In addressing race, from my perspective, there appears to be three categories of White people in America: those who are out-and-out racist; those who aren’t racist, but enjoy white privilege and therefore do very little about the systematic injustices all around them; and then there are the good White people, who are as upset about racial conditions as Blacks.

If America has any chance of changing the way it does business regarding race in this country, we must hear from that “middle group.” That group can no longer stand in the middle of the road. (By the way, to those Whites who say they don’t see color or they are not prejudiced or they are not racist, but do nothing to change the conditions set by those who are: You are very much part of the problem.)

A youngster attending the “We Still Can’t Breathe” rally held in Wilmington last month shares a sentiment echoed by many since the tragic death of George Floyd. Photo: Butch Comegys

Where do we go from here? We must have real dialog that leads to action that, in fact, makes America the place where all men and women are free and where liberty and justice are indeed for all.

To start the dialog of healing in America we must talk about some very sensitive issues for White folks. It means for some people to give up the idea of White privilege. It means to live up to the wording in the Constitution that, for too long in this country, was understood to only apply to Whites. Up until recently, the words: “We hold these truths to be self-evident, that all men are created equal” has been a complete lie. And even today, with what we’ve seen just this year, we know it still doesn’t ring completely true, either.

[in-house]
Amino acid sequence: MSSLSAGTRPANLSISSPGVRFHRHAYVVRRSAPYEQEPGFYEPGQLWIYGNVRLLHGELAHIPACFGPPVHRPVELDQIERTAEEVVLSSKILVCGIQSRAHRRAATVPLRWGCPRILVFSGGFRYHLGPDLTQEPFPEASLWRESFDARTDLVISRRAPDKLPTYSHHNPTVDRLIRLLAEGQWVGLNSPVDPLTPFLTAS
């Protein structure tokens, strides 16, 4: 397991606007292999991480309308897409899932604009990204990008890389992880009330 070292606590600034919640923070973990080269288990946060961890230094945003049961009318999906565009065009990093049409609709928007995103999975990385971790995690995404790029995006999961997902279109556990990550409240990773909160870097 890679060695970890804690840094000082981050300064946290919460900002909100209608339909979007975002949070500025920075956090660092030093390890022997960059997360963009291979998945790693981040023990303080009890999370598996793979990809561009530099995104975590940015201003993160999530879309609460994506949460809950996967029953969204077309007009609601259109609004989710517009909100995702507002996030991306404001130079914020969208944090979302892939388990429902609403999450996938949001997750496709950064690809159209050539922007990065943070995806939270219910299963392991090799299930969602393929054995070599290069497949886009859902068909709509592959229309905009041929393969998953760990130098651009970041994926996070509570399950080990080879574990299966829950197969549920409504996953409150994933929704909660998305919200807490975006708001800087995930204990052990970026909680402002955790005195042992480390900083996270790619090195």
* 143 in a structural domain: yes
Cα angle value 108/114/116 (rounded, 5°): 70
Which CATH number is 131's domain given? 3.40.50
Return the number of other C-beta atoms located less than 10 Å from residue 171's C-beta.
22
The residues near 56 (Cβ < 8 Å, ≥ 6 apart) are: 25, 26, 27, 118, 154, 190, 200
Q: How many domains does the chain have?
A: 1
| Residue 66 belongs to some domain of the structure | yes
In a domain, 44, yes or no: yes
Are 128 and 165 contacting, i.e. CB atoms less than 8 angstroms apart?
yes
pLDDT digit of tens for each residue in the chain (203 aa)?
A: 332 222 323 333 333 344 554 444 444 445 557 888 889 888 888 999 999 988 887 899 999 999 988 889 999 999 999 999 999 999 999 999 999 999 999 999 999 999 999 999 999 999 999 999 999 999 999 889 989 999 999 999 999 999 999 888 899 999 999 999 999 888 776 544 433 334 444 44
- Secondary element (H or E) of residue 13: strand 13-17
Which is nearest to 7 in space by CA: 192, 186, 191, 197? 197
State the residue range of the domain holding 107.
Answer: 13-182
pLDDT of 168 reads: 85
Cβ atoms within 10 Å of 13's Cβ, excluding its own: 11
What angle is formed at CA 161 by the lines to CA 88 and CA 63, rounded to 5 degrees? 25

The good news is that together we can change that. It can happen and it can happen in our lifetime. It takes dialog. We have to all be willing to discuss issues that are sensitive and difficult but necessary. This country could truly be great for everyone—and could truly be the greatest country on earth—but it is not that now and it never has been. Maybe in some eyes it has, but not for 13% of the population that is Black.

In order for our leadership to stop playing games, those of us who know how things are supposed to run have to become leaders. Voters must be educated to the point where they are not manipulated during political campaigns or on Election Day. We must elect more people of integrity who are open and sensitive to making America great for everyone.

The solution is near. The time is now. Blacks in America aren’t going anywhere. We love this country and have proven it over and over again. America was built on the backs of the free labor of our ancestors. We have fought in wars to defend America; we have been trusting in the courts and in the Constitution; we have tried to pull ourselves up by our boot-straps until we realized we were not given any boots.

We have done everything America has asked us to do and we are wondering when America is going to live up to its own promises. The Time is Now!

— Larry M. Morris has served the Wilmington community, for several decades, in a variety of ways that have included: directing youth programs, former President of the Wilmington NAACP and former Director of Community Affairs for Congressman John Carney.